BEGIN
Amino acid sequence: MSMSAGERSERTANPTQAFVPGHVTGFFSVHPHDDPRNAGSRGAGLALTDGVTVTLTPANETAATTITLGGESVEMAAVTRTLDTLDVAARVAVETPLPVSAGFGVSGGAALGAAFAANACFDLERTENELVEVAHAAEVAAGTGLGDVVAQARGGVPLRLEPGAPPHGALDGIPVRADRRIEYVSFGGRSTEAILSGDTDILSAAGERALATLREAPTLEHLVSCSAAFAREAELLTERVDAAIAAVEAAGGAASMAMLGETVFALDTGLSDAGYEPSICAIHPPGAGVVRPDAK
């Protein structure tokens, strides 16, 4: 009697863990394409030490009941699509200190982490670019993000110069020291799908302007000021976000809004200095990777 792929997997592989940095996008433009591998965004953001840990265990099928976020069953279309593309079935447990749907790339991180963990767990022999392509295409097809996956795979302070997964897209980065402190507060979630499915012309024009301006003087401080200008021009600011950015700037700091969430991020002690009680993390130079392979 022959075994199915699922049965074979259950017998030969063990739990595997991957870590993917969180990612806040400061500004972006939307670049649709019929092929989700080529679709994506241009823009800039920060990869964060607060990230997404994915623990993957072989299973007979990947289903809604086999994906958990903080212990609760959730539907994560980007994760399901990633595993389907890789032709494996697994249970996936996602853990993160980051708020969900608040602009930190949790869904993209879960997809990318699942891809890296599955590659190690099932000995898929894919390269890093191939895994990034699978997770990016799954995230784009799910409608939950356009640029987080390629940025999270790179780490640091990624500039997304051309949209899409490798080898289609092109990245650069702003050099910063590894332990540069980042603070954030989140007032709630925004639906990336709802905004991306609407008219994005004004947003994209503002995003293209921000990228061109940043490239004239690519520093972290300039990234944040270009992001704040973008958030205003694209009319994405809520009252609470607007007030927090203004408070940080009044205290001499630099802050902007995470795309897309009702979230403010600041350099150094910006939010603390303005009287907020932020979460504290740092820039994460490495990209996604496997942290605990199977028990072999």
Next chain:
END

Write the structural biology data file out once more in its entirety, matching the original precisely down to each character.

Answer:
Amino acid sequence: MSMSAGERSERTANPTQAFVPGHVTGFFSVHPHDDPRNAGSRGAGLALTDGVTVTLTPANETAATTITLGGESVEMAAVTRTLDTLDVAARVAVETPLPVSAGFGVSGGAALGAAFAANACFDLERTENELVEVAHAAEVAAGTGLGDVVAQARGGVPLRLEPGAPPHGALDGIPVRADRRIEYVSFGGRSTEAILSGDTDILSAAGERALATLREAPTLEHLVSCSAAFAREAELLTERVDAAIAAVEAAGGAASMAMLGETVFALDTGLSDAGYEPSICAIHPPGAGVVRPDAK
């Protein structure tokens, strides 16, 4: 009697863990394409030490009941699509200190982490670019993000110069020291799908302007000021976000809004200095990777 792929997997592989940095996008433009591998965004953001840990265990099928976020069953279309593309079935447990749907790339991180963990767990022999392509295409097809996956795979302070997964897209980065402190507060979630499915012309024009301006003087401080200008021009600011950015700037700091969430991020002690009680993390130079392979 022959075994199915699922049965074979259950017998030969063990739990595997991957870590993917969180990612806040400061500004972006939307670049649709019929092929989700080529679709994506241009823009800039920060990869964060607060990230997404994915623990993957072989299973007979990947289903809604086999994906958990903080212990609760959730539907994560980007994760399901990633595993389907890789032709494996697994249970996936996602853990993160980051708020969900608040602009930190949790869904993209879960997809990318699942891809890296599955590659190690099932000995898929894919390269890093191939895994990034699978997770990016799954995230784009799910409608939950356009640029987080390629940025999270790179780490640091990624500039997304051309949209899409490798080898289609092109990245650069702003050099910063590894332990540069980042603070954030989140007032709630925004639906990336709802905004991306609407008219994005004004947003994209503002995003293209921000990228061109940043490239004239690519520093972290300039990234944040270009992001704040973008958030205003694209009319994405809520009252609470607007007030927090203004408070940080009044205290001499630099802050902007995470795309897309009702979230403010600041350099150094910006939010603390303005009287907020932020979460504290740092820039994460490495990209996604496997942290605990199977028990072999």
Next chain: